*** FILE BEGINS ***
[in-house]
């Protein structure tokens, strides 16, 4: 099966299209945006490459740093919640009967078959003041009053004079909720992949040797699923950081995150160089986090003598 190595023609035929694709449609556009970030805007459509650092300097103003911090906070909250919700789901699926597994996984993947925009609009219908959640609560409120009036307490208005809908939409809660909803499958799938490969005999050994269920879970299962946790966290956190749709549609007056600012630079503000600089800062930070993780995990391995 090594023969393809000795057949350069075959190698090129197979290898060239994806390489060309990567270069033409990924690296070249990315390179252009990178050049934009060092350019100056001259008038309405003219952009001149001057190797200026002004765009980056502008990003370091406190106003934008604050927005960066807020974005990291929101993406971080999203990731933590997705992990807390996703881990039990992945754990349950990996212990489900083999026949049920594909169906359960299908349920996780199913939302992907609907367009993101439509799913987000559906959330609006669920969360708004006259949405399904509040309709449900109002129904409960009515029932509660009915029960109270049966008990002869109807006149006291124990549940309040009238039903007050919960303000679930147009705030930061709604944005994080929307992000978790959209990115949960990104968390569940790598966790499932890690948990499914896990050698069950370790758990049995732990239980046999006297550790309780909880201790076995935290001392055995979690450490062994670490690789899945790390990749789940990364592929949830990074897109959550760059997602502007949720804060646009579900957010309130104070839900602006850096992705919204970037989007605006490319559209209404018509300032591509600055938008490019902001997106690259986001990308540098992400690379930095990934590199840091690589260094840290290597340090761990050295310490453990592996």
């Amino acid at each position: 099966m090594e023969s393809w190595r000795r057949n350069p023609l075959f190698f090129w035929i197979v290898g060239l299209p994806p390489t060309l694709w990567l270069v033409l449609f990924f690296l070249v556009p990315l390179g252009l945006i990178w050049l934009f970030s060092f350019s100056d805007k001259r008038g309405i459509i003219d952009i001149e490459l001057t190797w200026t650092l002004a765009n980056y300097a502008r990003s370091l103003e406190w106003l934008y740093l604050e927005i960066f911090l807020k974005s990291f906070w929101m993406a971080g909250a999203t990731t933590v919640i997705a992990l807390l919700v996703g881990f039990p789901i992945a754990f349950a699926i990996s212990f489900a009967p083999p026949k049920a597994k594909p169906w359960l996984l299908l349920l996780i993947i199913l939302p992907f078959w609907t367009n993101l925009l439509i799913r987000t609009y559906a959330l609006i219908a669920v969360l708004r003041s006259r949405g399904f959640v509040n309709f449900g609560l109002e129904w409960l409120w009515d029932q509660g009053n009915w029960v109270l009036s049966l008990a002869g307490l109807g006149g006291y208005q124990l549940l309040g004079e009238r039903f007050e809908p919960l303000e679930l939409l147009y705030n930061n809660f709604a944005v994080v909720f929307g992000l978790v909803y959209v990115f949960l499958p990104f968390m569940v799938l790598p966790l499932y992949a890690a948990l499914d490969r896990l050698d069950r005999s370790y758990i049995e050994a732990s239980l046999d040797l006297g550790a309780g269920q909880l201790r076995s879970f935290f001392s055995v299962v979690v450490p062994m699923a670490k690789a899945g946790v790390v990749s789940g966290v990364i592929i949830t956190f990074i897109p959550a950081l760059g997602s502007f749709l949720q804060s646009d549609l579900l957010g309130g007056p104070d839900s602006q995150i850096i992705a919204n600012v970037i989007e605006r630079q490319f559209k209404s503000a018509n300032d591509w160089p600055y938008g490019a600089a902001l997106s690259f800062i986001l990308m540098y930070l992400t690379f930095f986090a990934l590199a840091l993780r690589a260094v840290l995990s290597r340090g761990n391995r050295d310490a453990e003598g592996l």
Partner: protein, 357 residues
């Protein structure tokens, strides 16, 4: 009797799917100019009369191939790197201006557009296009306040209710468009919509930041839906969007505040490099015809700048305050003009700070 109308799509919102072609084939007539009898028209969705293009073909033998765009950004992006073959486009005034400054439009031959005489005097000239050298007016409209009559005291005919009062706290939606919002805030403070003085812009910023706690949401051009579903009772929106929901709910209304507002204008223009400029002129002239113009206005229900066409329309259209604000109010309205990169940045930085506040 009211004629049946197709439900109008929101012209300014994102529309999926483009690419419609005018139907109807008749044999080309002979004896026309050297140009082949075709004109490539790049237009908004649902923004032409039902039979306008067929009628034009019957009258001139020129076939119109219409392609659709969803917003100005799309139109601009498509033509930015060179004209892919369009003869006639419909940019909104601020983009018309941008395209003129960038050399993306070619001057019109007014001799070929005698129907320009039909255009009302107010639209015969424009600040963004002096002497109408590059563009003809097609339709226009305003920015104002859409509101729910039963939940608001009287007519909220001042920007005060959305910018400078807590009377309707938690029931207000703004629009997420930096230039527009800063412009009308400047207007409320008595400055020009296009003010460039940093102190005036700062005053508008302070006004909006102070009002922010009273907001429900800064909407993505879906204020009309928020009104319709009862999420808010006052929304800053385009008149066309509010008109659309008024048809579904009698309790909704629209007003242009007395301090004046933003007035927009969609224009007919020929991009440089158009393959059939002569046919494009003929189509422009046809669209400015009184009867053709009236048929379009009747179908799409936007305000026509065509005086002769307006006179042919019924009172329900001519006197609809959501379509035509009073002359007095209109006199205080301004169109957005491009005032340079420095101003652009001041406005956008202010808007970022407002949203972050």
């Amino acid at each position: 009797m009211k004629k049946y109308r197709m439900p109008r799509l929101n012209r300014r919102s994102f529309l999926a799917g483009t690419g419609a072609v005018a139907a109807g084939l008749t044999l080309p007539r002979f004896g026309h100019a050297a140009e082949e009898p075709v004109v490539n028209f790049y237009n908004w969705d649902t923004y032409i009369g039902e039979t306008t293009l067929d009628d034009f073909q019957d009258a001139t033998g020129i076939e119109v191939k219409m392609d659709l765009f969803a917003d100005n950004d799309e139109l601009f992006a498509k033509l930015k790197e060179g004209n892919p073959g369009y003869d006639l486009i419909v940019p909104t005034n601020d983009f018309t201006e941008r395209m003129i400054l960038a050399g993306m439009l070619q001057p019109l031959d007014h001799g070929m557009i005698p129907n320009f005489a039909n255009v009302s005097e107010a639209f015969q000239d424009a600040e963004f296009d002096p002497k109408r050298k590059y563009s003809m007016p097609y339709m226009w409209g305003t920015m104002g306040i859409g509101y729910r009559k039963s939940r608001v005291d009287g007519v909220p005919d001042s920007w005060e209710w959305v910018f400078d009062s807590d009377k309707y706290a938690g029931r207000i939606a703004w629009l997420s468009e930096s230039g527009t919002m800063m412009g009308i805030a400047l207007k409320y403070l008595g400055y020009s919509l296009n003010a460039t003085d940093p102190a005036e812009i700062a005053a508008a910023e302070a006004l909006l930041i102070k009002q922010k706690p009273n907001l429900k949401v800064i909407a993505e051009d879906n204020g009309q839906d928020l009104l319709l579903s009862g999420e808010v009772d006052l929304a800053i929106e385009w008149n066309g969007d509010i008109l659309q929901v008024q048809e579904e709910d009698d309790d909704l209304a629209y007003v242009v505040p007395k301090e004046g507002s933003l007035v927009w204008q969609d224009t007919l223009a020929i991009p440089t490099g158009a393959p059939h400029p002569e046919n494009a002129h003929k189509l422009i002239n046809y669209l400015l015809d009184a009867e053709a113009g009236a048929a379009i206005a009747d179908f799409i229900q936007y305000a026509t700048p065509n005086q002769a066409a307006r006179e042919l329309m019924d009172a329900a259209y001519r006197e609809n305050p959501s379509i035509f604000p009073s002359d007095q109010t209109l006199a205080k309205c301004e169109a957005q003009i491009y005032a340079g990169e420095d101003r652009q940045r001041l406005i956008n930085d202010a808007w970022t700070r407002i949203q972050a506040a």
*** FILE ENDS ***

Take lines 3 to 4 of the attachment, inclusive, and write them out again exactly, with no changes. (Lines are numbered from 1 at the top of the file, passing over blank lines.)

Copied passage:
């Amino acid at each position: 099966m090594e023969s393809w190595r000795r057949n350069p023609l075959f190698f090129w035929i197979v290898g060239l299209p994806p390489t060309l694709w990567l270069v033409l449609f990924f690296l070249v556009p990315l390179g252009l945006i990178w050049l934009f970030s060092f350019s100056d805007k001259r008038g309405i459509i003219d952009i001149e490459l001057t190797w200026t650092l002004a765009n980056y300097a502008r990003s370091l103003e406190w106003l934008y740093l604050e927005i960066f911090l807020k974005s990291f906070w929101m993406a971080g909250a999203t990731t933590v919640i997705a992990l807390l919700v996703g881990f039990p789901i992945a754990f349950a699926i990996s212990f489900a009967p083999p026949k049920a597994k594909p169906w359960l996984l299908l349920l996780i993947i199913l939302p992907f078959w609907t367009n993101l925009l439509i799913r987000t609009y559906a959330l609006i219908a669920v969360l708004r003041s006259r949405g399904f959640v509040n309709f449900g609560l109002e129904w409960l409120w009515d029932q509660g009053n009915w029960v109270l009036s049966l008990a002869g307490l109807g006149g006291y208005q124990l549940l309040g004079e009238r039903f007050e809908p919960l303000e679930l939409l147009y705030n930061n809660f709604a944005v994080v909720f929307g992000l978790v909803y959209v990115f949960l499958p990104f968390m569940v799938l790598p966790l499932y992949a890690a948990l499914d490969r896990l050698d069950r005999s370790y758990i049995e050994a732990s239980l046999d040797l006297g550790a309780g269920q909880l201790r076995s879970f935290f001392s055995v299962v979690v450490p062994m699923a670490k690789a899945g946790v790390v990749s789940g966290v990364i592929i949830t956190f990074i897109p959550a950081l760059g997602s502007f749709l949720q804060s646009d549609l579900l957010g309130g007056p104070d839900s602006q995150i850096i992705a919204n600012v970037i989007e605006r630079q490319f559209k209404s503000a018509n300032d591509w160089p600055y938008g490019a600089a902001l997106s690259f800062i986001l990308m540098y930070l992400t690379f930095f986090a990934l590199a840091l993780r690589a260094v840290l995990s290597r340090g761990n391995r050295d310490a453990e003598g592996l």
Partner: protein, 357 residues